Devils Lake hits record elevationDevils Lake apparently has reached another modern-history record elevation — and the ice isn’t off the lake.
By: Kevin Bonham, Grand Forks Herald
Devils Lake apparently has reached another modern-history record elevation — and the ice isn’t off the lake.
The official gauge reached 1,452.11 feet above sea level at 2 p.m. Monday, topping the record of 1,452.05 feet set June 27, 2010.
“It’s going to continue to go up,” Devils Lake Joint Water Resource Board Manager Jeff Frith said. “The ice is still on it, and a lot of coulees still have ice on them, too.”
The lake has risen by about 30 feet and quadrupled in size since 1993, and now sits just 6 feet below the elevation at which it will spill out of adjoining Stump Lake to the Tolna Coulee and Sheyenne River.
The National Weather Service forecast issued March 25 lists a 50-50 chance the lake will reach 1,454.8 feet this year, and a 40 percent chance it will hit 1,455 feet.
Frith and many of his colleagues in the Devils Lake Basin believe the lake will surpass 1,455 feet.
For the first time that anybody can recall, the ice-covered lake has been rising since freeze-up last fall. It was at 1,451.24 feet in November.
“What’s causing it to rise is the local runoff,” Frith said. “A lot of water from the coulees isn’t coming in a big way yet, and we still have a lot of snow in the northern basin that has yet to be melted.”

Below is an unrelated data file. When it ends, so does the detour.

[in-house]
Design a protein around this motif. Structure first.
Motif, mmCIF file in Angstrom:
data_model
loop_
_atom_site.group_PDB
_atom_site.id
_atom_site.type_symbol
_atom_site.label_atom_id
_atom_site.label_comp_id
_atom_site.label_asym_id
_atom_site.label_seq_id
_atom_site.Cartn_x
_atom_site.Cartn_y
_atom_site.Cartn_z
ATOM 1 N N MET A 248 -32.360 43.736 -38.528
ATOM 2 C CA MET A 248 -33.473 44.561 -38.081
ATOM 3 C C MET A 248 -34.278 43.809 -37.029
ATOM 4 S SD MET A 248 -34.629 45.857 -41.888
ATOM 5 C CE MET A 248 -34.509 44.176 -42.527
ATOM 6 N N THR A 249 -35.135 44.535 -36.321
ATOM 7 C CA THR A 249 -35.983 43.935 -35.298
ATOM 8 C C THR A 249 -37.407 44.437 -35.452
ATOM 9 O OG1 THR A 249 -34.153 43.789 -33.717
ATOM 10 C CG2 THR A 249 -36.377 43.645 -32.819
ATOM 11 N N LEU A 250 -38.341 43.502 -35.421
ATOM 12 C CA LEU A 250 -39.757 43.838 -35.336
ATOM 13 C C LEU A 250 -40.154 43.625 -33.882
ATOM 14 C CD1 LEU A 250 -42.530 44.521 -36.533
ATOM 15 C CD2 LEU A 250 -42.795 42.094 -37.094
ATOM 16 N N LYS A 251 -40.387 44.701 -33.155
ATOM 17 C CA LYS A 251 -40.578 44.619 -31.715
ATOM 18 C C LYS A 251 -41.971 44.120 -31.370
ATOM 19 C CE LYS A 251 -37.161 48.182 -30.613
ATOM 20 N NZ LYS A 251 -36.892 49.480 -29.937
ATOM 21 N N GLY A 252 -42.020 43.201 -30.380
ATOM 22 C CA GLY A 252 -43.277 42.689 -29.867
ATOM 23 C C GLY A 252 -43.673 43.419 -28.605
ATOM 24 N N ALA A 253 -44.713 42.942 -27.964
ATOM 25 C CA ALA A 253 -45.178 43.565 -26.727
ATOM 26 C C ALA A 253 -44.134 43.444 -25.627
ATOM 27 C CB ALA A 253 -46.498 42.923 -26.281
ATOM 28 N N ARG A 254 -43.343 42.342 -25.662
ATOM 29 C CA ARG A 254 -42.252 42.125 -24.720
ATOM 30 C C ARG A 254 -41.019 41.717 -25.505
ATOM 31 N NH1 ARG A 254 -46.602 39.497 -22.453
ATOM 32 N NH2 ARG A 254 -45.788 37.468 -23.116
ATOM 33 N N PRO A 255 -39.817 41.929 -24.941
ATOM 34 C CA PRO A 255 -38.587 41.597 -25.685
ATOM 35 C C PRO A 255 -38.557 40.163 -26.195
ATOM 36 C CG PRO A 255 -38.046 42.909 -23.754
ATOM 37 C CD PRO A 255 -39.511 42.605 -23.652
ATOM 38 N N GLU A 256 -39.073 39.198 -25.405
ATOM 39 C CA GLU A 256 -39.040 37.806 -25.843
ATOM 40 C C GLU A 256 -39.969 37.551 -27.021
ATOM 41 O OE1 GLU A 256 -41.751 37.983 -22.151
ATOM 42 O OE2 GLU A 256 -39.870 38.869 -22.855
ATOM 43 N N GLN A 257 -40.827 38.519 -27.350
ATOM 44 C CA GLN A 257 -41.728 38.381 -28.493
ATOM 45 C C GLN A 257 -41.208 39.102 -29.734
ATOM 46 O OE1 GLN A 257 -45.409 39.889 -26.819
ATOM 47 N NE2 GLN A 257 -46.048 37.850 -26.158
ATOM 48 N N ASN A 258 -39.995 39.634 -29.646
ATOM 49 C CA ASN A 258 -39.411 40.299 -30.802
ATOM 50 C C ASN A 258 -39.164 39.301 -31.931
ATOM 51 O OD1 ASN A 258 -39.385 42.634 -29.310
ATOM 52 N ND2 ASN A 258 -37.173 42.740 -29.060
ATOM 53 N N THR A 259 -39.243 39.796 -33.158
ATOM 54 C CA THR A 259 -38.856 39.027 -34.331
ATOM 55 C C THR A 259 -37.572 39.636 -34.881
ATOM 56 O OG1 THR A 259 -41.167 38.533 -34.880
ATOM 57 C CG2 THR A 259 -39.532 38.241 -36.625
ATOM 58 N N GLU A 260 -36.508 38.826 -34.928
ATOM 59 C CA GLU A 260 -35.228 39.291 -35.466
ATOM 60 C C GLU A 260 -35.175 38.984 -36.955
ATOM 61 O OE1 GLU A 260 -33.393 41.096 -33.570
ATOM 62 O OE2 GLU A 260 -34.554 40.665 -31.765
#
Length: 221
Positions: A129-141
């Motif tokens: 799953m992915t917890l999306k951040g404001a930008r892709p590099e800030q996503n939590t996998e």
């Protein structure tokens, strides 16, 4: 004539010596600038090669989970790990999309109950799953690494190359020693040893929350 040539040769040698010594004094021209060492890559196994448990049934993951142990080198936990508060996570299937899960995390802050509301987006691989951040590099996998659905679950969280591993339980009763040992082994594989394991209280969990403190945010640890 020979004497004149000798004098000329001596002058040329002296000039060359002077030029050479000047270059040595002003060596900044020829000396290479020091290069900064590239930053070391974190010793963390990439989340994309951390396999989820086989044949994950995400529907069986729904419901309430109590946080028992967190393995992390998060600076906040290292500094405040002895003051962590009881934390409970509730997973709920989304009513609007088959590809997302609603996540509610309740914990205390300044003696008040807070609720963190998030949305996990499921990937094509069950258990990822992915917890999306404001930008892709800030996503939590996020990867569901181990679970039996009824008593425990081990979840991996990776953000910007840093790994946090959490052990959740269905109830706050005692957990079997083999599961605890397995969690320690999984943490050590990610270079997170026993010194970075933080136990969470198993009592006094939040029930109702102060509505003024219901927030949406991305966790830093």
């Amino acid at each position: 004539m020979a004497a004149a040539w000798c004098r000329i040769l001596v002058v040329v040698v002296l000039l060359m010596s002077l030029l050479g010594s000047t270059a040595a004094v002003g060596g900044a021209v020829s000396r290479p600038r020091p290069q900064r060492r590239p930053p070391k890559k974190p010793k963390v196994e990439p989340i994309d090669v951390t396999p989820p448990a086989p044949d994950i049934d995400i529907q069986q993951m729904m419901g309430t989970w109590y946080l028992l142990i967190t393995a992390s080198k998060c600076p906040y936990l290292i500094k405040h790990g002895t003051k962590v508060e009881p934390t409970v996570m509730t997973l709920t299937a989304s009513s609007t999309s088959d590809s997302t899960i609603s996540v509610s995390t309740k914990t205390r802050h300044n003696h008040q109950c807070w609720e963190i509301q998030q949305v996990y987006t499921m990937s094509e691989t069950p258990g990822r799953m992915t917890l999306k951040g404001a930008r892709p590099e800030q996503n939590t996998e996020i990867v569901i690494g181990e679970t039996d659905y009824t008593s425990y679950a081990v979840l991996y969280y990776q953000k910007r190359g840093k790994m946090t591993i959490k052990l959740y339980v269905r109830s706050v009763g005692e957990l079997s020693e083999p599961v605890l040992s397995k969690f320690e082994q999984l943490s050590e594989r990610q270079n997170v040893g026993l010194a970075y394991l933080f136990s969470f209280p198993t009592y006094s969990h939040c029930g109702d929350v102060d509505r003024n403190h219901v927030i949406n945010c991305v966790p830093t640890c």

The lake ice usually is gone by early to mid-April, he said. In recent years, the lake has risen a half-inch to an inch per day from early May until the summer peak, which usually occurs in late June to early July, before evaporation and the state’s outlet begin to relieve some of the pressure.
The state of North Dakota plans to build a 350-cubic-foot-per-second outlet in the next year from East Devils Lake to the Tolna Coulee and to build a control structure designed to prevent an uncontrolled spill.
When those projects, which carry a total price tag of $60 million $90 million, are completed, the state intends to expand its current 250-cfs west end outlet to 350 cfs.
At 250 cfs, the west end outlet can release about 100,000 acre-feet of water in six or seven months of annual operation. It does not run in the winter.
However, that 600 to 700 cfs that could be flowing through outlets next year is just about half of the normal inflows from the upper basin the past couple of years.
Reach Bonham at (701) 780-1110; (800) 477-6572, ext. 110; or send e-mail to firstname.lastname@example.org.